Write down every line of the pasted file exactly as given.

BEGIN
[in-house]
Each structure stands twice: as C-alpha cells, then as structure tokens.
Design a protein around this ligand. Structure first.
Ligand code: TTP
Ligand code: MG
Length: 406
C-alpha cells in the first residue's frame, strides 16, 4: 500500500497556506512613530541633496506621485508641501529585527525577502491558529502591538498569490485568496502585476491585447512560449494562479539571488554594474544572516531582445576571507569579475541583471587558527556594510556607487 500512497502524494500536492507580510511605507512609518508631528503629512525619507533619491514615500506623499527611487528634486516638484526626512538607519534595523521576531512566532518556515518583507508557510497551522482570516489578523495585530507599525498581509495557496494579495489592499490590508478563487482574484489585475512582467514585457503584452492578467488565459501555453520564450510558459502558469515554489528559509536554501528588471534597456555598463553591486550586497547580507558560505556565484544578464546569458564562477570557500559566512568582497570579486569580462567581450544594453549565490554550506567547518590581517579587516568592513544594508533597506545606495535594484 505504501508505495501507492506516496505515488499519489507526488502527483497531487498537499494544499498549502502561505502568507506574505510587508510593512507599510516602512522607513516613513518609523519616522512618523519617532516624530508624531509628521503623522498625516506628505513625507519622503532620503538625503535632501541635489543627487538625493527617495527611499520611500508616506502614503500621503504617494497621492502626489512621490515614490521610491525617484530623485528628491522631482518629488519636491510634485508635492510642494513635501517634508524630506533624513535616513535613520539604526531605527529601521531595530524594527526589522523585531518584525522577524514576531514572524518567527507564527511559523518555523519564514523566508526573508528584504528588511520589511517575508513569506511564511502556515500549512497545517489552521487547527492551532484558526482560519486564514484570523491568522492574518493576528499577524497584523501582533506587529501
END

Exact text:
[in-house]
Each structure stands twice: as C-alpha cells, then as structure tokens.
Design a protein around this ligand. Structure first.
Ligand code: TTP
Ligand code: MG
Length: 406
C-alpha cells in the first residue's frame, strides 16, 4: 500500500497556506512613530541633496506621485508641501529585527525577502491558529502591538498569490485568496502585476491585447512560449494562479539571488554594474544572516531582445576571507569579475541583471587558527556594510556607487 500512497502524494500536492507580510511605507512609518508631528503629512525619507533619491514615500506623499527611487528634486516638484526626512538607519534595523521576531512566532518556515518583507508557510497551522482570516489578523495585530507599525498581509495557496494579495489592499490590508478563487482574484489585475512582467514585457503584452492578467488565459501555453520564450510558459502558469515554489528559509536554501528588471534597456555598463553591486550586497547580507558560505556565484544578464546569458564562477570557500559566512568582497570579486569580462567581450544594453549565490554550506567547518590581517579587516568592513544594508533597506545606495535594484 505504501508505495501507492506516496505515488499519489507526488502527483497531487498537499494544499498549502502561505502568507506574505510587508510593512507599510516602512522607513516613513518609523519616522512618523519617532516624530508624531509628521503623522498625516506628505513625507519622503532620503538625503535632501541635489543627487538625493527617495527611499520611500508616506502614503500621503504617494497621492502626489512621490515614490521610491525617484530623485528628491522631482518629488519636491510634485508635492510642494513635501517634508524630506533624513535616513535613520539604526531605527529601521531595530524594527526589522523585531518584525522577524514576531514572524518567527507564527511559523518555523519564514523566508526573508528584504528588511520589511517575508513569506511564511502556515500549512497545517489552521487547527492551532484558526482560519486564514484570523491568522492574518493576528499577524497584523501582533506587529501